From left to right: Republican candidate Brian Watson; Auditor Timothy O’Brien; Sheila Weinberg, CEO and founder of Truth in Accounting; and democratic candidate Dave Young.

It seemed like the only seat available in Daniels’ Reiman Theater this past Monday evening was the one for which the two men on stage were vying: The seat heading up Colorado’s Department of Treasury.

Democrat Dave Young and republican Brian Watson were on campus for a political debate and the packed crowd of students, staff, faculty and community members gathered to hear their visions for Colorado’s financial future. Young and Watson are running for state treasurer—a position that will soon be vacated by term-limited incumbent (and Colorado gubernatorial candidate) Walker Stapleton.

Sharon Lassar, director of the School of Accountancy, kicked off the evening by introducing Daniels alumna Sheila Weinberg, founder and CEO of Truth in Accounting—an organization that works to compel governments to produce financial reports that are understandable, reliable, transparent and correct. The School of Accountancy and Truth in Accounting co-sponsored the event while Denver Auditor Timothy O’Brien moderated the debate.

“The one-hour debate will consist of opening remarks, questions that were compiled by the School of Accountancy, questions that came in during the registration process and closing comments,” O’Brien said. “Each candidate will have up to 90 seconds to respond, alternating who answers each question first. We tossed a coin and Brian Watson will begin.”

Watson, an entrepreneur originally from Olathe, Colorado, noted that growing up on the Western Slope gave him an appreciation of hard work, grit and stewardship, as well as a love of the outdoors. “I came from a family of entrepreneurs,” he said, “and my passion was to always go out and try to create jobs and opportunity, and empower people.”

Pointing to his commercial real estate investment company, NorthStar Commercial Partners, as an example, Watson said, “I believe experience matters … I want to bring that outsider’s perspective, that business experience, that entrepreneurship to the state treasurer’s office to make a positive difference on behalf of the people of Colorado.” Watson added that he wouldn’t take a salary if elected because he believes that “government has gotten out of control—in its cost and its growth.”

Following Watson, candidate Young took the stage, first discussing his motivation to run for State Treasurer. “My sister is intellectually and developmentally disabled,” said the former math teacher and current state legislator from Greeley, Colorado. “She’s lived a tough life and I discovered that she wasn’t getting the services that she needed. As a result, I started digging into that to try to figure out what can be done to solve that problem, and the more I dug into it, the more I realized that she wasn’t the only one who was reaching some really difficult situations trying to get services.”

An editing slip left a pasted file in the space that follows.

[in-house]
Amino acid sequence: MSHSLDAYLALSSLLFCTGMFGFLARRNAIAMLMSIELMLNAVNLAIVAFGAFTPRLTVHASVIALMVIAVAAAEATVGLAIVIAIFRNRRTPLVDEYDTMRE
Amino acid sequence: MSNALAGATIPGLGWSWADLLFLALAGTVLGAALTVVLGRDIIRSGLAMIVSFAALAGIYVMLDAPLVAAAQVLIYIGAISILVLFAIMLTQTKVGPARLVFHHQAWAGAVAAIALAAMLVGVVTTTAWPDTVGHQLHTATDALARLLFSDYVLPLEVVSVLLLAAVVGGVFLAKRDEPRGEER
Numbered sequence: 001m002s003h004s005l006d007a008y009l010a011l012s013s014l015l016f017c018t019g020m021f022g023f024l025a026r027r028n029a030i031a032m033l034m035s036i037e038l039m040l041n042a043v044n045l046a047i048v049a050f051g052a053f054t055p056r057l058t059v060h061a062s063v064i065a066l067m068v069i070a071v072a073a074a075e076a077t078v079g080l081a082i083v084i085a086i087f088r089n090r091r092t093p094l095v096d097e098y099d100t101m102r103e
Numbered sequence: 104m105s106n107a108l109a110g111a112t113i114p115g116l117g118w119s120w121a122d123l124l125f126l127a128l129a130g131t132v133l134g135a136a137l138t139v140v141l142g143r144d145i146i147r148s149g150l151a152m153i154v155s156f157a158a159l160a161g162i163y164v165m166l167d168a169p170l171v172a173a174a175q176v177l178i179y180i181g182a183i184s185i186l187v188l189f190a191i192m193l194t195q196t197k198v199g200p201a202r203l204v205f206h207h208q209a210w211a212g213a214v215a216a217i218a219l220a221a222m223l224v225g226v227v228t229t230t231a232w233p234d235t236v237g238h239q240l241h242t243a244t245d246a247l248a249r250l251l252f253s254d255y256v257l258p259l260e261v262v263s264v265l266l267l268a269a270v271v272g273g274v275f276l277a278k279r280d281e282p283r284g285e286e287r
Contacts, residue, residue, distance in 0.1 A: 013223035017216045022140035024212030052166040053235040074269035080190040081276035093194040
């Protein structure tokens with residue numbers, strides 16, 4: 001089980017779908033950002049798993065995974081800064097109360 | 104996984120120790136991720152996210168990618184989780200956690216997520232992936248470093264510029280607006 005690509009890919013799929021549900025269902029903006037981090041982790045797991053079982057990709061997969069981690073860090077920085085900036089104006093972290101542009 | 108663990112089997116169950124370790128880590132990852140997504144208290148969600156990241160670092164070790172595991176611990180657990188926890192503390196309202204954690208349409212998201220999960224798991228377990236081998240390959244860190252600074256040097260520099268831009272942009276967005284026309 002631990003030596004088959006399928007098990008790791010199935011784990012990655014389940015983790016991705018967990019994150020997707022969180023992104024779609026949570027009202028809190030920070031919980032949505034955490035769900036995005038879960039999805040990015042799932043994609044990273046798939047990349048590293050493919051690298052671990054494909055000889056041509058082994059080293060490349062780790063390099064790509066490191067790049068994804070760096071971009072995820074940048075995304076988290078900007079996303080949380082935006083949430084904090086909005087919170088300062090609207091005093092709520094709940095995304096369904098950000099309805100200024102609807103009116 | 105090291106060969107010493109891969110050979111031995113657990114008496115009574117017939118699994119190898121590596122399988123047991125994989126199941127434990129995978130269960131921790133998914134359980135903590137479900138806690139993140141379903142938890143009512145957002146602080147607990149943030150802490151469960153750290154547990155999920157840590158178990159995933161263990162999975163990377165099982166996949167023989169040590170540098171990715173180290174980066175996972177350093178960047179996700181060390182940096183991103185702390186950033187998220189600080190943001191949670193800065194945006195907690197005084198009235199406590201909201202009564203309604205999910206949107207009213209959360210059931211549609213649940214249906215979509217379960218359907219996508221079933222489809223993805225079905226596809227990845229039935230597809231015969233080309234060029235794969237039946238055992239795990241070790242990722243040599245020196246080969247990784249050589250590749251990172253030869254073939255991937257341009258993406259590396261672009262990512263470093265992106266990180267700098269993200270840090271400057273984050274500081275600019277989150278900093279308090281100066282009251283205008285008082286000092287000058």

Young explained that he’s spent the last seven years as a state representative trying to help vulnerable people like his sister, and would continue that work as state treasurer. “The reason why my sister and others like her couldn’t get the services they need was because we have a funding crisis,” he said.

Following the candidates’ opening remarks, Watson and Young were asked about their stance on issues they would likely bump up against as state treasurer, including challenges with the Colorado Public Employees’ Retirement Association.

Regarding PERA, Watson said that he would call every single board member and take them out to coffee or lunch to get to know them as people and “figure out how we can come up with solutions together.” Young believes if Watson became state treasurer, he would have a conflict of interest as a PERA board member because of his business. “The reason that [Watson] is not going to take a salary is he’s going to continue to run his company while he’s the treasurer. So, he has a divided interest there. And in fact, a major conflict of interest.”

However, despite the candidates’ different positions, they both expressed a desire to do what’s best for the people of Colorado.

The candidates also agreed that it was encouraging to see so many people in the audience. “I want to thank each of you for actually showing up,” Watson said. “Let’s give everyone a round of applause … not everyone can come see us debate but I think it’s important to be informed.”